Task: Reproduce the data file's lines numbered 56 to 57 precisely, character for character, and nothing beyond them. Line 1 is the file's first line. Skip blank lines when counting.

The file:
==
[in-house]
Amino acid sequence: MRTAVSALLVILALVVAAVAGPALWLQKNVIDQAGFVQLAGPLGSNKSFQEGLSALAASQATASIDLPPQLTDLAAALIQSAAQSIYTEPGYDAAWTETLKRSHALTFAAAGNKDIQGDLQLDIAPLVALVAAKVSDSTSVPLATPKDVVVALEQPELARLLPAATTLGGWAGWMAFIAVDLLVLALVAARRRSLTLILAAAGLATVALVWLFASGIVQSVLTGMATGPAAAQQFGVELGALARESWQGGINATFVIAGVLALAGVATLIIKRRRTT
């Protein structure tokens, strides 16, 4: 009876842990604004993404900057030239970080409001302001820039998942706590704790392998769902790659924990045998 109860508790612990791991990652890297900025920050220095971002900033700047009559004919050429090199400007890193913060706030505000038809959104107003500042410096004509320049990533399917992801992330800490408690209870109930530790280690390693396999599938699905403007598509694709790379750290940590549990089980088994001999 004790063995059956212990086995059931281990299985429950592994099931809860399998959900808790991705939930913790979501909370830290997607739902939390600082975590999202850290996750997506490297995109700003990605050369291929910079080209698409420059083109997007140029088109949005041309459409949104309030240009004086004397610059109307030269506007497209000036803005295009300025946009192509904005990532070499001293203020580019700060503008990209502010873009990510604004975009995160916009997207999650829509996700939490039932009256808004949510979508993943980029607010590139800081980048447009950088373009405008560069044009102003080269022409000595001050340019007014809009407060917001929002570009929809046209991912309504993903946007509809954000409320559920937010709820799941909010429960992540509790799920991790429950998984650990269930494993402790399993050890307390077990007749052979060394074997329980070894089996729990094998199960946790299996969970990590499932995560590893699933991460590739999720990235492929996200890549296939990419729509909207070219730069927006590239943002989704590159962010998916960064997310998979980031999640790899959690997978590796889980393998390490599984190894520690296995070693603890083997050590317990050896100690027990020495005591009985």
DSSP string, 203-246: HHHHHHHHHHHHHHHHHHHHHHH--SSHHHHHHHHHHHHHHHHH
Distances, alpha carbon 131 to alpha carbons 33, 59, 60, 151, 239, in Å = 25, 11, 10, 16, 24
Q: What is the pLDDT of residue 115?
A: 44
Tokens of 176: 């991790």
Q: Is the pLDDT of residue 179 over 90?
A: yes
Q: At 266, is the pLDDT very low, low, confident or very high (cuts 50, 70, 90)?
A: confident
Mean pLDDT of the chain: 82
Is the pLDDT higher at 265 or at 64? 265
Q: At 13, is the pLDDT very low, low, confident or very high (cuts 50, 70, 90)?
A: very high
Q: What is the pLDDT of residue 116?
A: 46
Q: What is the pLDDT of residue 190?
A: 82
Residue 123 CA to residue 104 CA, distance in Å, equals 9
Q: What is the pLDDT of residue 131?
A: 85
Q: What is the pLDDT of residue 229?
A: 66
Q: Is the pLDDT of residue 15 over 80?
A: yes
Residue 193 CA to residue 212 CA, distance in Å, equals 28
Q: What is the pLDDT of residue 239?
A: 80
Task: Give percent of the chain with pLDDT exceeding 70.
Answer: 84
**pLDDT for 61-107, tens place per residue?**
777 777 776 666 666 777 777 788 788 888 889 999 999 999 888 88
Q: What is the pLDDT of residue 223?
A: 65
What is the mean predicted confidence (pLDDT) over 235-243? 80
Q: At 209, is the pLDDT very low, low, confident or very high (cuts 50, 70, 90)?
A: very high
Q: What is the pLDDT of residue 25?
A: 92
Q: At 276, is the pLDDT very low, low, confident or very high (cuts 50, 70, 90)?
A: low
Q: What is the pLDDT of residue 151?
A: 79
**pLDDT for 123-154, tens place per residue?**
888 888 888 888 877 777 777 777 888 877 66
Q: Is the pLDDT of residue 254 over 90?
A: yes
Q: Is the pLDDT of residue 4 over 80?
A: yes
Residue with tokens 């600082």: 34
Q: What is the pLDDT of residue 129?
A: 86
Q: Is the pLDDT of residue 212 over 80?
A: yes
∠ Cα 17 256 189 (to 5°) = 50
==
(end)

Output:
A: yes
∠ Cα 17 256 189 (to 5°) = 50